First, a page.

Uber’s war of the worlds is one of com­mand­ing scale


The orig­i­nal Supreme Com­man­der took To­tal An­ni­hi­la­tion and taught it a spec­tac­u­lar party trick. A flick of the mouse wheel whipped the cam­era sky­wards, turn­ing a skir­mish be­tween dozens of bots, tanks and jets into a con­ti­nent-span­ning war be­tween hun­dreds of them. From that per­spec­tive, an­other flick would send you crash­ing to ground level, where the wrecks of com­bat­ants were scav­enged by fab­ri­ca­tion units that scut­tled to and from colos­sal bases.

Plan­e­tary An­ni­hi­la­tion is the Kick­started spir­i­tual suc­ces­sor to Supreme Com­man­der by Su­per Mon­day Night Com­bat de­vel­oper Uber En­ter­tain­ment. It marks it­self out, as its pre­de­ces­sor did, with epic scope. This time, a tap of space­bar zooms the cam­era out to the cos­mic level, where a sin­gle star is or­bited by mul­ti­ple plan­ets. Each is the size of a Supreme Com­man­der map, and each is able to be con­quered by play­ers as they race to seize the power to wipe each other out.

This branch of PC re­al­time strat­egy is de­fined by loose­ness on the mi­cro scale – the place­ment of in­di­vid­ual build­ings and units is less im­por­tant than it is in, say, Star­Craft II – bal­anced against macro-scale pre­ci­sion and weight. Play­ers rush to se­cure the re­sources to churn out units by the score. When ar­mies meet, they grind against each other like tec­tonic plates, the power of vast economies wrestling for con­trol made man­i­fest. Plan­e­tary An­ni­hi­la­tion is, in its beta state, more straight­for­ward than Supreme Com­man­der 2. There’s a sin­gle fac­tion, though more will fol­low, and a hand­ful of units of each type. It’s still pos­si­ble to plan your strat­egy around long- and short-range com­bat as well as naval, air and land units, but less time is spent read­ing tooltips to de­ter­mine how one ar­tillery tank dif­fers from an­other. This rel­a­tive sim­plic­ity is re­flected in the vis­ual style. Uber’s sig­na­ture car­toon­ish­ness makes Plan­e­tary An­ni­hi­la­tion more colourful than its an­ces­tors, es­chew­ing muddy de­tail for ro­bots built out of pri­mary-coloured blocks. That said, an­i­ma­tions are less de­tailed than they could be, and rapid-zoom level changes can cause dis­tract­ing vis­ual er­rors.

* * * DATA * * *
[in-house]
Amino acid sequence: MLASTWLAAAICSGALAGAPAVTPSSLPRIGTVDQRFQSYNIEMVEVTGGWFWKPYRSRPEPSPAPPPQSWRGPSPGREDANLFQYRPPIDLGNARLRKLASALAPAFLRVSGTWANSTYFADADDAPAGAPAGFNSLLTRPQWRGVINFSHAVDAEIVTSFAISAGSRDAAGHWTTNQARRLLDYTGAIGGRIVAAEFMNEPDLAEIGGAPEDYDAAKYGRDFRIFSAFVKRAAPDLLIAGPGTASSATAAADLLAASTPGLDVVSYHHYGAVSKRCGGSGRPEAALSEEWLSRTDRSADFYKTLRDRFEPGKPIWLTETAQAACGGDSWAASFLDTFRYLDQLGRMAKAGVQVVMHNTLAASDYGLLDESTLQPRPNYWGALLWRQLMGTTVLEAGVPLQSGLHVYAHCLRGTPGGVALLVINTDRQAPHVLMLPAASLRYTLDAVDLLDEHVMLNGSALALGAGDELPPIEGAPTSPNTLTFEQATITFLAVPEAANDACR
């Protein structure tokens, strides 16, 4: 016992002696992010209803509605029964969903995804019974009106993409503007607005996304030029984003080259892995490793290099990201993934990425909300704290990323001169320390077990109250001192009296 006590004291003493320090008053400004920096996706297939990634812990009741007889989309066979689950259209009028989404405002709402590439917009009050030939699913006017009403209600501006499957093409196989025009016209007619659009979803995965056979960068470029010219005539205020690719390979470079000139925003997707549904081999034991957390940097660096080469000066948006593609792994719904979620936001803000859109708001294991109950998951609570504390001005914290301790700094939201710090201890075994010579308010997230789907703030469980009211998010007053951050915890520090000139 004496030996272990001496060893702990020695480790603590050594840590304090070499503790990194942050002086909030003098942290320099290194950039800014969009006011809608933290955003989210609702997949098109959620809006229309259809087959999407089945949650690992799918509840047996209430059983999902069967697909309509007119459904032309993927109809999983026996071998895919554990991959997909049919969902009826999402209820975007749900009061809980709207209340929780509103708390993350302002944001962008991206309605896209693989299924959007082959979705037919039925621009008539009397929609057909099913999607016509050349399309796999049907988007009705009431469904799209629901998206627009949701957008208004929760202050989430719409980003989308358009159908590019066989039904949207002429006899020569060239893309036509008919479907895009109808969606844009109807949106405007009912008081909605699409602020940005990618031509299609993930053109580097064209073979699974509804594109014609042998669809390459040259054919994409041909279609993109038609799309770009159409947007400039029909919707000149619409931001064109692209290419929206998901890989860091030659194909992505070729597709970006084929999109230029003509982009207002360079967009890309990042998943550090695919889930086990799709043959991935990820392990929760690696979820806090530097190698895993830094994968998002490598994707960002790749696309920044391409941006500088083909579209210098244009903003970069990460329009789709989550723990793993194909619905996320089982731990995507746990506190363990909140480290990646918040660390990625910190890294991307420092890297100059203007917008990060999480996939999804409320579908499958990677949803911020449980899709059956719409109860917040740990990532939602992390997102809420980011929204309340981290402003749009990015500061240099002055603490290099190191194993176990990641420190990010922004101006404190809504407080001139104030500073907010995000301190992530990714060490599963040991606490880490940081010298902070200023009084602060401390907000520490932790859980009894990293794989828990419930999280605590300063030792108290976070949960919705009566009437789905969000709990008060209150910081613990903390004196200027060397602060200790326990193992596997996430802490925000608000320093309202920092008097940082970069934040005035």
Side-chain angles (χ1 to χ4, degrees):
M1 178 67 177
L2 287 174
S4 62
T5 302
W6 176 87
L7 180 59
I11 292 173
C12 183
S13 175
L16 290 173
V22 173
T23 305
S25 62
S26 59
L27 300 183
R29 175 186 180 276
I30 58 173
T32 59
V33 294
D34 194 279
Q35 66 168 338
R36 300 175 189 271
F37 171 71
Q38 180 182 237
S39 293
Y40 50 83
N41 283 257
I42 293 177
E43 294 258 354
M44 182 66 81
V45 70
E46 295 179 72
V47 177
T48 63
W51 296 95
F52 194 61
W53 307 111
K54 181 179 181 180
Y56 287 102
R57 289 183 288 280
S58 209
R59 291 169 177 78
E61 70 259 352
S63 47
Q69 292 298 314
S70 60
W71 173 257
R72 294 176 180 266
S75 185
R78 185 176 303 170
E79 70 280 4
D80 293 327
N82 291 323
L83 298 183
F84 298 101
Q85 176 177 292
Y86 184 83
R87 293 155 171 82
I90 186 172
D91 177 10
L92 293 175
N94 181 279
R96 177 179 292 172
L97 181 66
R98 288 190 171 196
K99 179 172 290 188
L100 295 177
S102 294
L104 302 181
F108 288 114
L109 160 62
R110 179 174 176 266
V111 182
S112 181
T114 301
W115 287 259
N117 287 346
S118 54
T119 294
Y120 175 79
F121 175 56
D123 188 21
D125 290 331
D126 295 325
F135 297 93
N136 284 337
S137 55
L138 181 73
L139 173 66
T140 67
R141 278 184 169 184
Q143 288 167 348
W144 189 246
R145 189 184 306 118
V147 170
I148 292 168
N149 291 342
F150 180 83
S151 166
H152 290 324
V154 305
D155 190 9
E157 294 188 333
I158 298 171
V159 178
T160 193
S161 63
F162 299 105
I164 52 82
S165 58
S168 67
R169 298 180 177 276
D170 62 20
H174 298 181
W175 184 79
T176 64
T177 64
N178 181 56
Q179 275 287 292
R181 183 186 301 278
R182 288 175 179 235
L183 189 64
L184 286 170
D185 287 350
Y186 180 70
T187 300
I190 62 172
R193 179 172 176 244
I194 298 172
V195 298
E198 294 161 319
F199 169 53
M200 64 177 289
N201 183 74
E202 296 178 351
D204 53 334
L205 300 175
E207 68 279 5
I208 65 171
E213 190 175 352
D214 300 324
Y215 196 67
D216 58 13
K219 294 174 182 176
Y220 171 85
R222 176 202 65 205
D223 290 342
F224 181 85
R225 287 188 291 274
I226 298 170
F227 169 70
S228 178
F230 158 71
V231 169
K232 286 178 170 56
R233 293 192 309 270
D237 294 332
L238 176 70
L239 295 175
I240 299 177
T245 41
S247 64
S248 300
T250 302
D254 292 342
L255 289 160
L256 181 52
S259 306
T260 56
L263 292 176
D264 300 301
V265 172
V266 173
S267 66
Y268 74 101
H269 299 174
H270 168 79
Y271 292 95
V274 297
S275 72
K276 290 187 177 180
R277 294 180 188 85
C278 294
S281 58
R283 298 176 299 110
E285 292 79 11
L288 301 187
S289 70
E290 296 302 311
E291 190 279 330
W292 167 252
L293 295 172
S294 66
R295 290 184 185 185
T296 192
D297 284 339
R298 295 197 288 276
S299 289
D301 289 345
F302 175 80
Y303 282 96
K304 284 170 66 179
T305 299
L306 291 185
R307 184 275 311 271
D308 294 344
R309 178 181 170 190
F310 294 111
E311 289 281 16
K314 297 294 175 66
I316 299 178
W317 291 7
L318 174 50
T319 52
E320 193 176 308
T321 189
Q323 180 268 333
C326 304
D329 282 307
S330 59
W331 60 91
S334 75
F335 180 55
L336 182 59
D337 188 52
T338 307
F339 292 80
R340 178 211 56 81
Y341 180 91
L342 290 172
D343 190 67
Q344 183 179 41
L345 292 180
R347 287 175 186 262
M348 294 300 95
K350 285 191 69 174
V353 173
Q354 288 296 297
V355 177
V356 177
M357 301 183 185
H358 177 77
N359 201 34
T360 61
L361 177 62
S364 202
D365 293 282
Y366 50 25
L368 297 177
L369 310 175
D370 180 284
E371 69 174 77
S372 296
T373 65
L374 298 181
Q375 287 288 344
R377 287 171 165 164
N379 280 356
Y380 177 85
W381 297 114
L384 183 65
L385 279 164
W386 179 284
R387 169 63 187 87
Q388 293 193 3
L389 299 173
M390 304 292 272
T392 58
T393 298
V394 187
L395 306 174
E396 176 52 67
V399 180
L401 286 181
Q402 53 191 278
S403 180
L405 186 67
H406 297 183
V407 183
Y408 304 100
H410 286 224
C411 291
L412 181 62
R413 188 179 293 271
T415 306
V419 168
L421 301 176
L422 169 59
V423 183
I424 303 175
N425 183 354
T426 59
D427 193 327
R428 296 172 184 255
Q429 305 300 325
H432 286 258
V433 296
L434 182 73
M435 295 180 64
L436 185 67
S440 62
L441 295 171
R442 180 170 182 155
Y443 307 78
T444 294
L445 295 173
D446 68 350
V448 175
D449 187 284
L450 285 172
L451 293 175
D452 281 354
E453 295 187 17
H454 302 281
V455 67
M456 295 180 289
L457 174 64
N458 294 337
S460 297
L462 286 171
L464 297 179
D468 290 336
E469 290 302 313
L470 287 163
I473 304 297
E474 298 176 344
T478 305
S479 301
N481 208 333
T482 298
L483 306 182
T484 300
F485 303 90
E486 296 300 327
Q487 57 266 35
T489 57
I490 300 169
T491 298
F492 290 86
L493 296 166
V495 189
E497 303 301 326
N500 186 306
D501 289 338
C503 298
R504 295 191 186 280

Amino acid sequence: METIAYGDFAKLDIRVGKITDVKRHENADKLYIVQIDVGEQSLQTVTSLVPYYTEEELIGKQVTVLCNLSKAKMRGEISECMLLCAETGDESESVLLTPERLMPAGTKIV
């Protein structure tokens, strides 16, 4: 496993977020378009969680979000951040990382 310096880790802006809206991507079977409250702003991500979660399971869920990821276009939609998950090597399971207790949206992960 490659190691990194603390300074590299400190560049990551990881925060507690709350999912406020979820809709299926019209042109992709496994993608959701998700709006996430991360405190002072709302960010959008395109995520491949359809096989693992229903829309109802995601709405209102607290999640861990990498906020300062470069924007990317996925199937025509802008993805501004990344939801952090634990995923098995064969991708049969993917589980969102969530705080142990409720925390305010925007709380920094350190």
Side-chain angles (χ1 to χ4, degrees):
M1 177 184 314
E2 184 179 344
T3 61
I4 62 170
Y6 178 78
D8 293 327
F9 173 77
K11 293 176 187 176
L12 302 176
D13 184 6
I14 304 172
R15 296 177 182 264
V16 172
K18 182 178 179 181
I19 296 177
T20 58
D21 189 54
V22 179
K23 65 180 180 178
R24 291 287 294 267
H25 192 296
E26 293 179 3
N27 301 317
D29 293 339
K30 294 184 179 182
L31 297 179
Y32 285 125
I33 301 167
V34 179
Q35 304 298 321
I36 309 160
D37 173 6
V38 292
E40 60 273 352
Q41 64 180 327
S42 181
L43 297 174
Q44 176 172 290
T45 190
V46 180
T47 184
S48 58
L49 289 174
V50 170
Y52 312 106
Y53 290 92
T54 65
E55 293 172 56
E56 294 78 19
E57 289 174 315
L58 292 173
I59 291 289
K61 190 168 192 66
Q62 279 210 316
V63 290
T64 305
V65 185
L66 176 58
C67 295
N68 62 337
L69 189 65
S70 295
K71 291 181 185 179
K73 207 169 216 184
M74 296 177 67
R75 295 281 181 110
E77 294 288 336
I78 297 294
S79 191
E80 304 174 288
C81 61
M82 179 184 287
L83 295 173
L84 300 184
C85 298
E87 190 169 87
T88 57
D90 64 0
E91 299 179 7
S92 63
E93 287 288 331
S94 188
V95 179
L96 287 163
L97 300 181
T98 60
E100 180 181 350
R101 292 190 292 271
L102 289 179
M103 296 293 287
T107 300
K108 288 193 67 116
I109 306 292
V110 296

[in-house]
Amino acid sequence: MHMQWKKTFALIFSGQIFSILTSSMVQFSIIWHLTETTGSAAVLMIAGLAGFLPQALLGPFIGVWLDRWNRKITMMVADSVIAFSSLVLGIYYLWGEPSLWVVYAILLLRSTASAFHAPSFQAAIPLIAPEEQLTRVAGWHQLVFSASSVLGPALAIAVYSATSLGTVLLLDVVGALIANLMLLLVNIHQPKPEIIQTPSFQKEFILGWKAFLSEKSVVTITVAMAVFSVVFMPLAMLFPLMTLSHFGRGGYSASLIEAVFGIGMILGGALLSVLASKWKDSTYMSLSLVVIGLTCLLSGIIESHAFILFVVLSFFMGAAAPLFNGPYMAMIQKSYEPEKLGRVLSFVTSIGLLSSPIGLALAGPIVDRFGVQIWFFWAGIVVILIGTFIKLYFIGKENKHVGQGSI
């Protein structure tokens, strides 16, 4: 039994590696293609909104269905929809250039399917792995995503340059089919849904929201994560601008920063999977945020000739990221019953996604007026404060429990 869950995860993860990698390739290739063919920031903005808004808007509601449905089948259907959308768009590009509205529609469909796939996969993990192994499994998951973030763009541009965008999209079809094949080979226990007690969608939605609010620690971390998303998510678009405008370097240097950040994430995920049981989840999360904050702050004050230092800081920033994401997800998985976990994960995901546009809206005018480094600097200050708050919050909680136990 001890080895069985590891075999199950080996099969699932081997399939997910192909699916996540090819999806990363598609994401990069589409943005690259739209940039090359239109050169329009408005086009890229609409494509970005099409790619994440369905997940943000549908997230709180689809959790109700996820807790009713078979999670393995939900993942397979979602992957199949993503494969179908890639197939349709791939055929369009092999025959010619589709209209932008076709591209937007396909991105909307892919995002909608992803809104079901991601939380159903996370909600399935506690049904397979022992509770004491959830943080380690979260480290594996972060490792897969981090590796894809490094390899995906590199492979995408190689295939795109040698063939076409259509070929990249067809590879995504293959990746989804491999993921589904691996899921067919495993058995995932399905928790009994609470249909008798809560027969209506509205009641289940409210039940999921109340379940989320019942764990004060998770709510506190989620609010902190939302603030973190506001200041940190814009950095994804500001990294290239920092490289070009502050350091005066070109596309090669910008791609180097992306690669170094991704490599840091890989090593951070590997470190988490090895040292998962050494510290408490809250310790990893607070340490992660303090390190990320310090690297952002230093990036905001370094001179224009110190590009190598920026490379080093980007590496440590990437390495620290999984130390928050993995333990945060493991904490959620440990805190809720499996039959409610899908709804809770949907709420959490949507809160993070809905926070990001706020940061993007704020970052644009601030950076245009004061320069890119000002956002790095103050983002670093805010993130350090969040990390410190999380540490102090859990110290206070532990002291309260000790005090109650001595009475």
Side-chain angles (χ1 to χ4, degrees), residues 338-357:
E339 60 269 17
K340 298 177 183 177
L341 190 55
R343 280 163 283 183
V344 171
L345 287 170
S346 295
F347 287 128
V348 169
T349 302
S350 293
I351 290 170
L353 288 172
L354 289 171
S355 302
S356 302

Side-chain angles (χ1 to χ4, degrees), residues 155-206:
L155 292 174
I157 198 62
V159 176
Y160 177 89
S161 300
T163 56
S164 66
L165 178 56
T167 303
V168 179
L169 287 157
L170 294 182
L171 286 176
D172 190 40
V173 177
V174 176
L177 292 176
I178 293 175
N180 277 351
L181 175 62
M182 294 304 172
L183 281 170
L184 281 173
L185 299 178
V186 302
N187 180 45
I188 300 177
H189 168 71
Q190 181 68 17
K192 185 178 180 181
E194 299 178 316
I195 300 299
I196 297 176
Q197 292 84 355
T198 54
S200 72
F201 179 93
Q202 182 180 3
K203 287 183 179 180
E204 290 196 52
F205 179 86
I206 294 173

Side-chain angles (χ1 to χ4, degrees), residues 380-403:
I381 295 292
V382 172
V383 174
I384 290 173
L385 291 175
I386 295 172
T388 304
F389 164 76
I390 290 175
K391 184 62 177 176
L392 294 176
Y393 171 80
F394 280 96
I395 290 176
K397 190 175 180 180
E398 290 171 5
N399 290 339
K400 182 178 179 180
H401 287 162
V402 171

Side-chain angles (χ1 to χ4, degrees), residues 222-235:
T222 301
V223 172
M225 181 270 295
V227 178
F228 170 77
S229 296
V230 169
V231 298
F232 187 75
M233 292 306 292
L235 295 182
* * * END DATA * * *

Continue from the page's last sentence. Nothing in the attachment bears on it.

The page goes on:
It’s that cos­mic zoom level that re­ally sets the game apart, how­ever. Los­ing the early game need not mean to­tal de­feat: pro­vid­ing you can get an or­bital launcher built in time, it’s pos­si­ble to re­lo­cate your com­man­der to an­other world to start over. This in turn leads to a para­noid rush to se­cure the new planet from en­emy in­cur­sion, and ul­ti­mately the con­struc­tion of an in­va­sion force and the tele­porter net­work you need to get them home. Supreme Com­man­der al­ways had a prob­lem with feel­ing an­o­dyne at the ground level, and Plan­e­tary An­ni­hi­la­tion’s additional space for drama is wel­come.

Or­der a unit to travel from one planet to an­other and it will plot its own grav­i­ta­tional sling­shot around plan­ets and stars to reach its des­ti­na­tion. It’s pos­si­ble to build rock­ets that al­low you to move stel­lar bod­ies out of align­ment, the ul­ti­mate aim be­ing to turn as­ter­oids into planet-smash­ing mis­siles. Plan­ets have a day/night cy­cle de­ter­mined by their po­si­tion in the so­lar sys­tem, and pass by each other ac­cord­ing to ran­domly gen­er­ated or­bital paths. Never quite a sim­u­la­tion, Plan­e­tary An­ni­hi­la­tion’s oc­ca­sional nods at real physics nonethe­less help to ground it.

As with Supreme Com­man­der, the scale is more than a gim­mick. Get­ting your head around spher­i­cal maps is daunt­ing at first, then ex­cit­ing as their po­ten­tial be­comes ap­par­ent. Uber has laid a solid foun­da­tion on which to build a cult strat­egy game, but it re­quires care, pol­ish and a healthy num­ber of new ideas to get the rest of the way.

Caveat em­peror

Plan­e­tary An­ni­hi­la­tion may be on sale, but it’s still very much un­fin­ished. Miss­ing fea­tures aside, the AI isn’t good enough to present an in­ter­est­ing threat. Per­sis­tence will usu­ally win the day, but spend­ing an af­ter­noon cracking an un­re­spon­sive foe isn’t a re­ward­ing way to play. Play­ing against hu­mans on­line is bet­ter, but we did ex­pe­ri­ence per­for­mance is­sues in large-scale bat­tles, and it’s pos­si­ble to en­large your ar­mies to a horde that’s be­yond your PC’s ren­der­ing ca­pac­ity. All that said, this paid beta is an op­por­tu­nity to get in­volved with the game’s com­mu­nity at the ground level – and, as with any com­pet­i­tive game, there are ad­van­tages to be­ing among the first wave of play­ers.

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